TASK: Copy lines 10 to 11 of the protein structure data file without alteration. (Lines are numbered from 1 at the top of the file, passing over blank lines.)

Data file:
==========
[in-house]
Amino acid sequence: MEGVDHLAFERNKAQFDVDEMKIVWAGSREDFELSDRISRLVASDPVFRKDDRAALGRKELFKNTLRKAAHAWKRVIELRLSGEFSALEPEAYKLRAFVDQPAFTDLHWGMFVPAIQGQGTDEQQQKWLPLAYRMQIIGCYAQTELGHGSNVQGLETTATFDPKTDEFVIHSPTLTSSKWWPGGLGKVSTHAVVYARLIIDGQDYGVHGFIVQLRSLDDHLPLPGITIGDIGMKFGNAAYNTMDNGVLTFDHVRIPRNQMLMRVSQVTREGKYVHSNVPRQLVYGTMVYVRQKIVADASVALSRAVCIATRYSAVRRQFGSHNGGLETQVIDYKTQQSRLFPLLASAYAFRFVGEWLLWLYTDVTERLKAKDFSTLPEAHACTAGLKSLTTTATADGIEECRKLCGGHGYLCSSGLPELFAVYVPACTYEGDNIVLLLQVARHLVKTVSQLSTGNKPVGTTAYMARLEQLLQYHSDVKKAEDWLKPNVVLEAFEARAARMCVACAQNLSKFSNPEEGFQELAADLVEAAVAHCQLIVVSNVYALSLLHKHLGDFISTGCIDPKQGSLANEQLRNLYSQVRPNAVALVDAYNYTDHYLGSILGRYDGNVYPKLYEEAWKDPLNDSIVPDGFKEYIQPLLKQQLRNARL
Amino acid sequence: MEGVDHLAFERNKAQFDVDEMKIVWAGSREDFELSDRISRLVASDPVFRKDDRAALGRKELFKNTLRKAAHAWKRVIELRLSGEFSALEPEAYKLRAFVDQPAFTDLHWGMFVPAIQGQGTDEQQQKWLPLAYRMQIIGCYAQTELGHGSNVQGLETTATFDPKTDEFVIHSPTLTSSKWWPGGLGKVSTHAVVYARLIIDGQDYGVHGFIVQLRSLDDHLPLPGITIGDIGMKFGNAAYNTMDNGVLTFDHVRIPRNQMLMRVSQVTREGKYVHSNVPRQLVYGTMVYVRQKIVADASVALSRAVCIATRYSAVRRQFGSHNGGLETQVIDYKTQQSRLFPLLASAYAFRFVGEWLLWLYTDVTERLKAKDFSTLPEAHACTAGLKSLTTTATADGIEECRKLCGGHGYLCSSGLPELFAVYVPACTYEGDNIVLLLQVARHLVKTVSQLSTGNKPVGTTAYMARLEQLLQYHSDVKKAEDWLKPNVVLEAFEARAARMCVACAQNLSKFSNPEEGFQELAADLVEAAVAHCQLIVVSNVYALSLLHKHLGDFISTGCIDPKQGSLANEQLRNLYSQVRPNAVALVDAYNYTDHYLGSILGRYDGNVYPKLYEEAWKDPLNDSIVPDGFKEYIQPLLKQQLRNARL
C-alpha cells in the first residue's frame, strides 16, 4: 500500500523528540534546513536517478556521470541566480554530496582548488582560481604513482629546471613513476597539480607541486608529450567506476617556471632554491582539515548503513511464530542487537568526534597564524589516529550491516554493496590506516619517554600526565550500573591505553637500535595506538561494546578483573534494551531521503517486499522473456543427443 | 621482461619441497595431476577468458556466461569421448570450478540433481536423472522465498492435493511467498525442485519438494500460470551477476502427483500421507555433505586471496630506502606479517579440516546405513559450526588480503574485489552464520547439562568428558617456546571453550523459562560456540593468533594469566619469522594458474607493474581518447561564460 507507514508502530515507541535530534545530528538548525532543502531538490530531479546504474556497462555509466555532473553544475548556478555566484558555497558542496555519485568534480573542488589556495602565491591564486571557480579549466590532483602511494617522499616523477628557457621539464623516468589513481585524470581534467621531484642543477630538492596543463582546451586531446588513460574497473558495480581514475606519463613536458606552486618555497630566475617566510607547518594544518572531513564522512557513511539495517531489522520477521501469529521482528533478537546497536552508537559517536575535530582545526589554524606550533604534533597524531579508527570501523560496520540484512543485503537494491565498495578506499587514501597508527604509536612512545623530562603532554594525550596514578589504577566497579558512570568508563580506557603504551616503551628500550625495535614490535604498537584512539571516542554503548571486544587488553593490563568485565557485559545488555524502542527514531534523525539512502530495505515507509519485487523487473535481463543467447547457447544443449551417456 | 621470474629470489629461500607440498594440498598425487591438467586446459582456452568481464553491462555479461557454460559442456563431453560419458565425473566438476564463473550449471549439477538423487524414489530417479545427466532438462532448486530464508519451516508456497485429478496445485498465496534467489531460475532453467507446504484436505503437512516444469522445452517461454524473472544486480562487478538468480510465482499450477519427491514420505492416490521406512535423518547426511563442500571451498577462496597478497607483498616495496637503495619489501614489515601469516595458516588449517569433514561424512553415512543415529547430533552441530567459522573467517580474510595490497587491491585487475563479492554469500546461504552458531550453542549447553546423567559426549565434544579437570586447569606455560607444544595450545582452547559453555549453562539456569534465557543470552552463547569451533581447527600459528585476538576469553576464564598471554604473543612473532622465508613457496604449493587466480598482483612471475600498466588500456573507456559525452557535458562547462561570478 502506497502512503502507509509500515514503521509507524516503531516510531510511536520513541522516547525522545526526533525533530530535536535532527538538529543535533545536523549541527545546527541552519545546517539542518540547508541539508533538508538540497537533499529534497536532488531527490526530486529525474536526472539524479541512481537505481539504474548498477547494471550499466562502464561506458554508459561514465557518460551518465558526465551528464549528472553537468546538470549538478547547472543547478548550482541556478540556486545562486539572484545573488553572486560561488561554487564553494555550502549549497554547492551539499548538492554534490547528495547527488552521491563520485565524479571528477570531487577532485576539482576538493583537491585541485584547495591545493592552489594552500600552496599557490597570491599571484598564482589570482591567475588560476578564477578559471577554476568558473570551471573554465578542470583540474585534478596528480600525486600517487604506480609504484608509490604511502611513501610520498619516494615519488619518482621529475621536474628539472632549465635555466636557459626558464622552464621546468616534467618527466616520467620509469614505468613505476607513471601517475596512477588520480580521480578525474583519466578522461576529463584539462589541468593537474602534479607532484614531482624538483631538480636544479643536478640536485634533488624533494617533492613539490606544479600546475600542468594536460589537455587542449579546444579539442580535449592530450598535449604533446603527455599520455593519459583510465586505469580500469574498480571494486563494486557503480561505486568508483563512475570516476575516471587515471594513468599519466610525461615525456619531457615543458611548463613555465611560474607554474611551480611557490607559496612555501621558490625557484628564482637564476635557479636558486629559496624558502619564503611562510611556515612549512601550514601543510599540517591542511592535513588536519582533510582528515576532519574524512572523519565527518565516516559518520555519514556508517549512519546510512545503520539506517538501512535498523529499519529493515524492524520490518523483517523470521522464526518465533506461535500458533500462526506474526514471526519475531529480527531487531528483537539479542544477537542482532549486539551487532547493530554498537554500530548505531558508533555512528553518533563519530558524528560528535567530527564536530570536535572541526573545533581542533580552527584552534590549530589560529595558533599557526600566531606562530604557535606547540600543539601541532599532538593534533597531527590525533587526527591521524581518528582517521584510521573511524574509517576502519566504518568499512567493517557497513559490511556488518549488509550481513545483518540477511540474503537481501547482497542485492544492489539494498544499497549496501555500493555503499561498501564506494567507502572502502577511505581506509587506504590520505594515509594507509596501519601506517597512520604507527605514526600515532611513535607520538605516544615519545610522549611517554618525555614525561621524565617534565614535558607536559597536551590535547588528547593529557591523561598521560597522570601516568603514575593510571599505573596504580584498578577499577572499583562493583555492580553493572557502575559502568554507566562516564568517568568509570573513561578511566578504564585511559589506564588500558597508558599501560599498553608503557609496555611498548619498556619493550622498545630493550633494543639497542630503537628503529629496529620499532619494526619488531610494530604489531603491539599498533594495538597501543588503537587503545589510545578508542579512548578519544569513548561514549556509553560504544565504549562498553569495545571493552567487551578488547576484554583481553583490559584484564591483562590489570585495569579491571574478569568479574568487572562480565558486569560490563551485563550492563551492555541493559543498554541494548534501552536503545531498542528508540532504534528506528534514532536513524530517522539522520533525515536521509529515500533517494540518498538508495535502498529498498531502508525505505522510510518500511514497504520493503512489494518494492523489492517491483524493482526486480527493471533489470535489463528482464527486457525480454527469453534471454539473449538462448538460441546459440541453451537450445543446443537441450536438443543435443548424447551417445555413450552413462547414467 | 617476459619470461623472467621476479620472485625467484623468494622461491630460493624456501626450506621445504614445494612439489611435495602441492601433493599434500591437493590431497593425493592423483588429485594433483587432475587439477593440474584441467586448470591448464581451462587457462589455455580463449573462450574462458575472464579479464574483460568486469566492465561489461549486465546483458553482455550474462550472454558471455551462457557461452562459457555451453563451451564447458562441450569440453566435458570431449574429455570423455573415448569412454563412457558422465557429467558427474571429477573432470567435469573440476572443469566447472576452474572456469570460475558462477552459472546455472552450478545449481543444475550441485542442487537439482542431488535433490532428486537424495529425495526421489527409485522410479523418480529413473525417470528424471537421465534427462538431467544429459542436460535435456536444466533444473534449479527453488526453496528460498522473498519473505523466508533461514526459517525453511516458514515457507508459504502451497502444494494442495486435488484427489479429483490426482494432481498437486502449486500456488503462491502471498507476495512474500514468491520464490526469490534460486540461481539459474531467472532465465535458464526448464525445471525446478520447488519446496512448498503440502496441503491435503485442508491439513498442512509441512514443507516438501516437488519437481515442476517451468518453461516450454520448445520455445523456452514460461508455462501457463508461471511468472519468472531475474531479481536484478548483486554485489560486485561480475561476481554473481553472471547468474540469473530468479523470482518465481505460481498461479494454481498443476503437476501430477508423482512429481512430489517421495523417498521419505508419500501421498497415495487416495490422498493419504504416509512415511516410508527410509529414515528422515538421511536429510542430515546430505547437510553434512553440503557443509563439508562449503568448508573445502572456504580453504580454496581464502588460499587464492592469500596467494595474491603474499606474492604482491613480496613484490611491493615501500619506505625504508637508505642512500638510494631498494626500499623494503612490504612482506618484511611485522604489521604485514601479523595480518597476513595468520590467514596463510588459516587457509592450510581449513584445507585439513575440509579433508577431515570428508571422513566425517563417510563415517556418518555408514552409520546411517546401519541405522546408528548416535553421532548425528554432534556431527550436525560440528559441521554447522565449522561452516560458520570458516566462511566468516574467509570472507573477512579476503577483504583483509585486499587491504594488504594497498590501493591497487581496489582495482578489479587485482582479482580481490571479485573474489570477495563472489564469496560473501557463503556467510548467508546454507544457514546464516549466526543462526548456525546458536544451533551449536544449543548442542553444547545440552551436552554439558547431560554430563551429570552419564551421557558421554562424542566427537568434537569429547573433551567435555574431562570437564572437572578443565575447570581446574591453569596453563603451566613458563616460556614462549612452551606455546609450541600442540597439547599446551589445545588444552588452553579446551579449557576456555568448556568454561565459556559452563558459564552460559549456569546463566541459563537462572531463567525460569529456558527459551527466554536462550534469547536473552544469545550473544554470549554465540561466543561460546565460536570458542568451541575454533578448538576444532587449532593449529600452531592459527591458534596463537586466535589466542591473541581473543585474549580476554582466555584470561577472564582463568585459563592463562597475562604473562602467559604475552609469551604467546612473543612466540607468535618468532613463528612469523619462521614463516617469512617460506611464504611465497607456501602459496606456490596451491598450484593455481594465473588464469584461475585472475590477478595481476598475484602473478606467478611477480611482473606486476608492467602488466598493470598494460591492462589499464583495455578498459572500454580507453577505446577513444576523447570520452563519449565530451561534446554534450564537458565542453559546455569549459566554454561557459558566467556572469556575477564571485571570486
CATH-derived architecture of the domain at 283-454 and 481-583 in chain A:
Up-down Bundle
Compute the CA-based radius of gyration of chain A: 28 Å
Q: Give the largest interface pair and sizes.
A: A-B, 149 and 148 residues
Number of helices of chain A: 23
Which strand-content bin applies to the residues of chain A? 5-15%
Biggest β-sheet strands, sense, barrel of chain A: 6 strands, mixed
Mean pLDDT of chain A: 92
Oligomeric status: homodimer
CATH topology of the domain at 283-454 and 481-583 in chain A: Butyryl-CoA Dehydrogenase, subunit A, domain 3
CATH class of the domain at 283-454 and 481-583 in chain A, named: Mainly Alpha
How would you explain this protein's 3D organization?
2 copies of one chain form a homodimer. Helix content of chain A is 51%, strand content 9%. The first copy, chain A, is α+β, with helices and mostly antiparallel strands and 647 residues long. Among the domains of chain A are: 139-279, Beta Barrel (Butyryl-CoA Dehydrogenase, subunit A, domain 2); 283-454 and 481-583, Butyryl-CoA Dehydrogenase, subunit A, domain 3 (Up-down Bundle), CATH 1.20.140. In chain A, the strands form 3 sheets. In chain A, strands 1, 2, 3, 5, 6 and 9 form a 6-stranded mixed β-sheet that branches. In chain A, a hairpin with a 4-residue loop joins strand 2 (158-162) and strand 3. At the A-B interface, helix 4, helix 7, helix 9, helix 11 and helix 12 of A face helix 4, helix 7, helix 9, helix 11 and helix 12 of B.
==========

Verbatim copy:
Number of helices of chain A: 23
Which strand-content bin applies to the residues of chain A? 5-15%